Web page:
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“Cracklin’ Bread”

A few weeks ago I rendered some duck fat.

And then I rendered some pig fat.

And it was good.

Whenever you render fat, you’re left over with something we call “cracklin’.” It’s an automatically southern word. Don’t bother putting a proper -ing on the end of it, you’re wasting your time. It’s cracklin’.

The first time I heard about cracklin’ was from a farmer named Frank Griffith in East Tennessee. I was standing inside a smoked ham shop with a bunch of farmers, who were grazing in the entrance, swapping stories and waiting for sides of bacon. They told me their stories in their slow molasses voices, barely audible above the drone of the meat slicer. And they told me about their favorite foods–and all the ways to make the best gravy, and the best cornbread, and what was it like to eat a lobster anyway?

We talked for quite a few hours and they told me about cracklin’ bread–bread studded with pieces of rendered fat.

You’ll read about those farmers and the hog smoker who has a special place in my heart in a few months when my book comes out. But in the meantime, while we wait for the printing machines to spit it out, we can eat cracklin’ bread. It’s a good way to pass the time. It really is.

These are some of the things you will need. Including the fat that you rendered. I also threw in some honey from the bees at Tulipwood and an onion.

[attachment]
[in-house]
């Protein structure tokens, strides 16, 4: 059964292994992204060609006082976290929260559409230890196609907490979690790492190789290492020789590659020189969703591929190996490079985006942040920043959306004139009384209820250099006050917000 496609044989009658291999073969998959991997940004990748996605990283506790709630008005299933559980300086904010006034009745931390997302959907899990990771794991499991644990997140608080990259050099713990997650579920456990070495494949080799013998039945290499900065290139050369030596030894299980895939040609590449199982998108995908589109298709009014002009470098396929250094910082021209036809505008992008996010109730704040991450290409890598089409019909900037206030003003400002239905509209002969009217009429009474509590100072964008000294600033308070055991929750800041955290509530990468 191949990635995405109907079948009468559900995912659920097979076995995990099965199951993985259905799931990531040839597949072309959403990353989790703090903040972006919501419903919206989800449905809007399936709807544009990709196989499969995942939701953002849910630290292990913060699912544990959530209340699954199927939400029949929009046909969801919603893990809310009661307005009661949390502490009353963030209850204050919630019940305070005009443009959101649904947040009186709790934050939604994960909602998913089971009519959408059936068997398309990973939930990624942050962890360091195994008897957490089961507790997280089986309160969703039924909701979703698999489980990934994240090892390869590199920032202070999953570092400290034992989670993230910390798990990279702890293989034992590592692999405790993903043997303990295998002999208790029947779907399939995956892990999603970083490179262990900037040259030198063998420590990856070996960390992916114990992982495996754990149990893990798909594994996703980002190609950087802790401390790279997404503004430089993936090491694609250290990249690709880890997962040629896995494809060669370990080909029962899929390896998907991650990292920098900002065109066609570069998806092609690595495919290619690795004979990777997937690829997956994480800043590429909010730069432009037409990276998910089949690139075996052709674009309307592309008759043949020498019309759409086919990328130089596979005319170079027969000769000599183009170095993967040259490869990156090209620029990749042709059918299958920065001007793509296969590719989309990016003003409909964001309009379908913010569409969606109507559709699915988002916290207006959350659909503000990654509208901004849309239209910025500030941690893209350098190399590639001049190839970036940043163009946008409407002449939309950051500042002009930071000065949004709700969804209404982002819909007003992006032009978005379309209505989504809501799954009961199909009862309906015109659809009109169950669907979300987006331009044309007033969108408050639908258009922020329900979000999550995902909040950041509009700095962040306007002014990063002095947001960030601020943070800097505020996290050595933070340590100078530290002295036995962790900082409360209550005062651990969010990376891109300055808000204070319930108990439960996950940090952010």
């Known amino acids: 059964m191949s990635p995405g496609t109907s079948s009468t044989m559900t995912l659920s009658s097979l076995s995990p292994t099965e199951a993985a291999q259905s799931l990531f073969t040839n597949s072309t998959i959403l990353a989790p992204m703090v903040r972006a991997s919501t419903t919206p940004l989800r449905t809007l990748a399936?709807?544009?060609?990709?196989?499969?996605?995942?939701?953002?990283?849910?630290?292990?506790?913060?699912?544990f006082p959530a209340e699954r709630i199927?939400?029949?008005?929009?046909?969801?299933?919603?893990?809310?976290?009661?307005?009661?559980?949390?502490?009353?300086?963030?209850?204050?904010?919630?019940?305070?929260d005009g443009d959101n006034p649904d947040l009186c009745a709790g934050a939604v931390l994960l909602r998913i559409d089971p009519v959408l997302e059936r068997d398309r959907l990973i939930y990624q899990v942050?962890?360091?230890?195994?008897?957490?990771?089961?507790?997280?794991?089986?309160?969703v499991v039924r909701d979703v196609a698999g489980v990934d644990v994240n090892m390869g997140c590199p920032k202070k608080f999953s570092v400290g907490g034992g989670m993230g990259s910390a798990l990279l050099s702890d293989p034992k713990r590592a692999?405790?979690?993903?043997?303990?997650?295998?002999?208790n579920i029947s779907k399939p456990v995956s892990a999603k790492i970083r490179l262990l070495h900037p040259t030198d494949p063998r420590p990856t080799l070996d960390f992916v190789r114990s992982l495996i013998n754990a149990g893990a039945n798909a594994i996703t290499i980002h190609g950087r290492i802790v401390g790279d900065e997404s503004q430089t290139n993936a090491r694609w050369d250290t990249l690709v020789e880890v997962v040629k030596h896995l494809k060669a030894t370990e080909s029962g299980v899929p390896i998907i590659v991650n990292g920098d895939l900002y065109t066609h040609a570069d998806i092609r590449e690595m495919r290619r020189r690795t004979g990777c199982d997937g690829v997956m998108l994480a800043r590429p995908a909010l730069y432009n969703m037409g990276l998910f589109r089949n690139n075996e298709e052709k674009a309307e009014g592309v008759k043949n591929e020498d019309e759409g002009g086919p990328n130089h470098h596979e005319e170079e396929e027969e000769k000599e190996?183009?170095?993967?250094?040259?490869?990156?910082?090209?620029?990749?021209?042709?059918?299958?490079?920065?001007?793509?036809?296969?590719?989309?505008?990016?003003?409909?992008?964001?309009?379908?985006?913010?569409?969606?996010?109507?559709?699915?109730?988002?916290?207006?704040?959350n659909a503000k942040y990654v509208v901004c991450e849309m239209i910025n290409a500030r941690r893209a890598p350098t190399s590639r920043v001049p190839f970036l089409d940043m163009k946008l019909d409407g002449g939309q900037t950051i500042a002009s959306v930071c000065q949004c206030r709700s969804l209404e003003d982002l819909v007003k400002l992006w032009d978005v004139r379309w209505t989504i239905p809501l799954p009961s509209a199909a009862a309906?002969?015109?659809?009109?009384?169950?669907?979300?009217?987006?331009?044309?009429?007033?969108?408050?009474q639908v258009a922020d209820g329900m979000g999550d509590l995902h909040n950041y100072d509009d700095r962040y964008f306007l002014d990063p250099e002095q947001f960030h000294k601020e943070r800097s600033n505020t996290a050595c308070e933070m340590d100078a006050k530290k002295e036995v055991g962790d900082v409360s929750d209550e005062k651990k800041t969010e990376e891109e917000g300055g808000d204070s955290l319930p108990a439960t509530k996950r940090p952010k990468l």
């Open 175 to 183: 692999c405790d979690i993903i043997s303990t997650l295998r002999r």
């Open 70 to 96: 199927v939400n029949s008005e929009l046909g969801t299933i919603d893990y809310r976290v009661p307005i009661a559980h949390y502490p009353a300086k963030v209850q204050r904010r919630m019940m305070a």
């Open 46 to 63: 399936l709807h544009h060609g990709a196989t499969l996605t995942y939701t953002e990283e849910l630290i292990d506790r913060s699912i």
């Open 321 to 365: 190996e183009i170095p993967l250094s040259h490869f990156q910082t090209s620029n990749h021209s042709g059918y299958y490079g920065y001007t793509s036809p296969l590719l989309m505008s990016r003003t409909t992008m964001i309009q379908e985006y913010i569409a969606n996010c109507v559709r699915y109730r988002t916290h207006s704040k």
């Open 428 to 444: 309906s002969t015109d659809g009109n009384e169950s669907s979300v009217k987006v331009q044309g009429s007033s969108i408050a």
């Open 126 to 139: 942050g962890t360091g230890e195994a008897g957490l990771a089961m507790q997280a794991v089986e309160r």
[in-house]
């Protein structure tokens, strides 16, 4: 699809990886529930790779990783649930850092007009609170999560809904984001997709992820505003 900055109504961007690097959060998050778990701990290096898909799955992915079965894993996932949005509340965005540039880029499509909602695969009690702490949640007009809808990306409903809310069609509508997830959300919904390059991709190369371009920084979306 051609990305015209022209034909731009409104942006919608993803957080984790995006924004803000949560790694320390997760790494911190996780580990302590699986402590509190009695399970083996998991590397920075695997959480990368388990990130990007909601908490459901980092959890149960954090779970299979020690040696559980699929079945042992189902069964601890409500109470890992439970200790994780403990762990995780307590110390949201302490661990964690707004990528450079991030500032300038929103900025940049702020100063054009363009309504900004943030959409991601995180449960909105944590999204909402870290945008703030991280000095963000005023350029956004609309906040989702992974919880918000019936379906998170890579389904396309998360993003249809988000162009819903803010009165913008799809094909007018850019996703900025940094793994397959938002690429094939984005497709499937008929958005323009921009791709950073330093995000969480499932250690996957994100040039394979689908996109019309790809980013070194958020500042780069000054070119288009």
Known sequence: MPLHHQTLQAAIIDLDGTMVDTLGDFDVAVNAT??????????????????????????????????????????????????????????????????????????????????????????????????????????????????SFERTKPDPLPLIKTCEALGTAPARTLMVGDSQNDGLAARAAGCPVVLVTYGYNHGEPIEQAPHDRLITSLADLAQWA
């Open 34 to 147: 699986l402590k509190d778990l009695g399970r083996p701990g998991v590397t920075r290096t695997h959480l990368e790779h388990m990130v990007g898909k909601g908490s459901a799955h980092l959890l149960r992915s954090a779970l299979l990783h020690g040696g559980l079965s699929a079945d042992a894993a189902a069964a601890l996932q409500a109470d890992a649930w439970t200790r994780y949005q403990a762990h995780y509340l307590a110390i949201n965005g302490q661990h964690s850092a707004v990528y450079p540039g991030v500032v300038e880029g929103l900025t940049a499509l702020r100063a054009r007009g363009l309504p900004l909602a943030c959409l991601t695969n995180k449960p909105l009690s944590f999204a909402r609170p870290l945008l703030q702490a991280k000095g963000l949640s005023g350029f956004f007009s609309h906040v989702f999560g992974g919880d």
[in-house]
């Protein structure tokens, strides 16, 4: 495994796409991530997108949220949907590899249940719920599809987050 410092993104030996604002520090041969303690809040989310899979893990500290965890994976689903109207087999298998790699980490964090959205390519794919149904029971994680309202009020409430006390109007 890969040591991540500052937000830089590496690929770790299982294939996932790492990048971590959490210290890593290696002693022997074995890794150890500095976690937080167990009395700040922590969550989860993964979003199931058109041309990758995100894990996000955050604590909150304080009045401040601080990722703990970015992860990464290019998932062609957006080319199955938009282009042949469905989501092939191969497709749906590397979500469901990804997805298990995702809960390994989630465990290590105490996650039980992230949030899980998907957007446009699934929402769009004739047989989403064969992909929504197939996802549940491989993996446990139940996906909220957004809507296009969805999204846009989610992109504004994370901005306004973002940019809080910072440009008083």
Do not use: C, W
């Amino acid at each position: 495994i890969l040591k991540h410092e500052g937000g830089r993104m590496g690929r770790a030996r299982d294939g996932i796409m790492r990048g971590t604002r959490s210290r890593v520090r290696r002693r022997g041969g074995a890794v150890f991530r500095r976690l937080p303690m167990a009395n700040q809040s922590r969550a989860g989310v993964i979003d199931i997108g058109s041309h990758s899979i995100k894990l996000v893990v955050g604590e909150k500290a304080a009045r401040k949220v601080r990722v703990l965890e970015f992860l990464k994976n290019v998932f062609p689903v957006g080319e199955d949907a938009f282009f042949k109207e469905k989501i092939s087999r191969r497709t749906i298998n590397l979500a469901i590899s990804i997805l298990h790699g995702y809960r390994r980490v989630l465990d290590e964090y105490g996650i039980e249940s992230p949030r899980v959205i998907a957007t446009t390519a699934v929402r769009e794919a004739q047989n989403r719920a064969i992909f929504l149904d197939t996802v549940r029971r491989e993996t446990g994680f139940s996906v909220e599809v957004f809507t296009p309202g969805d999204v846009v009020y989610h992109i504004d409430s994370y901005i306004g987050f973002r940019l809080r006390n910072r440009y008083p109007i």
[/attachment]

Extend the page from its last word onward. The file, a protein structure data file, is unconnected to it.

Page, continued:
I used duck cracklin’…

Diced an onion…

Mmm, fat.

My skillet, my love.

You want to get them soft and slightly brown.

Low and slow will keep them sweet and a caramel color.

Once you’ve removed them from the skillet, place your skillet in the oven to get it hot. A preheated skillet is the road to rockin’ cracklin’ bread.

Combine your cracklin’ with your onions.

In a separate bowl, pour the buttermilk.

Then try to figure out how to crack an egg and take a photo at the same time.

I did it. Can I get a high five? Egg and buttermilk.

Honey.

 

Give it a whisk.

 

Next comes the dry ingredients.

 

Cornmeal.

Baking soda and salt.

Another whisk.

Then introduce the wet to the dry.

Combine it all well.

Add it to your HOT skillet. And I’m not just talking about her looks.

And there you have a warm crusty top. And soft inside. Just the way I like my… er… craklin’ bread. Any bread really.

Wanna bite?

“Cracklin’ Bread”

Prep Time: 20 minutes

Cook Time: 30 minutes

Total Time: 50 minutes

Yield: 4-6 wedges

“Cracklin’ Bread”

Ingredients

  • 1 cup cracklins, chopped into small pieces
  • 1 small onion or half a large one, finely diced
  • 3 tablespoons duck fat or pig lard
  • 1/4 cup all purpose flour
  • 1 1/4 cups cornmeal
  • 2 tablespoons baking powder
  • 1 teaspoon salt
  • 1 egg
  • 1/2 cup buttermilk
  • 2 tablespoons honey

Instructions

  1. Preheat the oven to 400 degrees F.
  2. In a skillet over medium-high heat, sweat the onions in the fat until soft and golden brown. Remove from the skillet and put into a large bowl. Place the skillet in the oven to heat.
  3. Add the cracklins to the onion mixture along with the flour, cornmeal, salt and baking powder, and mix well.
  4. In a separate bowl, combine the egg, buttermilk and honey and whisk together. Mix the wet ingredients into the dry ingredients until fully incorporated.
  5. Remove the skillet from the oven and turn the oven temperature down to 350 degrees F. Add the mixture to the skillet. If you have a small skillet, distribute the mixture evenly throughout, if you have a large skillet, just fill one half of it with the mixture.
  6. Place in the oven for about 30 minutes until golden brown on top. Serve immediately.
http://georgiapellegrini.com/2010/05/06/recipes/cracklin-bread/

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Comments

  1. This looks wonderful! I love cracklins. Will definitely have to give this a try.